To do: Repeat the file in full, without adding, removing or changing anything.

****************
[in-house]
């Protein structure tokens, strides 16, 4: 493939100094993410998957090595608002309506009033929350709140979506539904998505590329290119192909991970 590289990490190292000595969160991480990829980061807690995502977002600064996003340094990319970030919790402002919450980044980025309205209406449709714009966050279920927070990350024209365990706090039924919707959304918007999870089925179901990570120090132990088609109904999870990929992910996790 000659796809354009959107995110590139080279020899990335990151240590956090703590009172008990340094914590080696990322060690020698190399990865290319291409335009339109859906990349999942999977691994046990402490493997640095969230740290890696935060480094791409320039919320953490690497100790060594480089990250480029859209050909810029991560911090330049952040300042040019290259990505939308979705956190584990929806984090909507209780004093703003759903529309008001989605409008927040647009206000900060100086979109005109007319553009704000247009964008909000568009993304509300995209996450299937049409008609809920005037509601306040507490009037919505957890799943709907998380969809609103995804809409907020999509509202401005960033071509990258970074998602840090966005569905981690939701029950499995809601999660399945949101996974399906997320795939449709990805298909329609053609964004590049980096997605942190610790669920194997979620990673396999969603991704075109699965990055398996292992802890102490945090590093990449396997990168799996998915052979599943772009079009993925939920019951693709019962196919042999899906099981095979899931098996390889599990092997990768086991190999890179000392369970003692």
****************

[in-house]
């Protein structure tokens, strides 16, 4: 493939100094993410998957090595608002309506009033929350709140979506539904998505590329290119192909991970 590289990490190292000595969160991480990829980061807690995502977002600064996003340094990319970030919790402002919450980044980025309205209406449709714009966050279920927070990350024209365990706090039924919707959304918007999870089925179901990570120090132990088609109904999870990929992910996790 000659796809354009959107995110590139080279020899990335990151240590956090703590009172008990340094914590080696990322060690020698190399990865290319291409335009339109859906990349999942999977691994046990402490493997640095969230740290890696935060480094791409320039919320953490690497100790060594480089990250480029859209050909810029991560911090330049952040300042040019290259990505939308979705956190584990929806984090909507209780004093703003759903529309008001989605409008927040647009206000900060100086979109005109007319553009704000247009964008909000568009993304509300995209996450299937049409008609809920005037509601306040507490009037919505957890799943709907998380969809609103995804809409907020999509509202401005960033071509990258970074998602840090966005569905981690939701029950499995809601999660399945949101996974399906997320795939449709990805298909329609053609964004590049980096997605942190610790669920194997979620990673396999969603991704075109699965990055398996292992802890102490945090590093990449396997990168799996998915052979599943772009079009993925939920019951693709019962196919042999899906099981095979899931098996390889599990092997990768086991190999890179000392369970003692």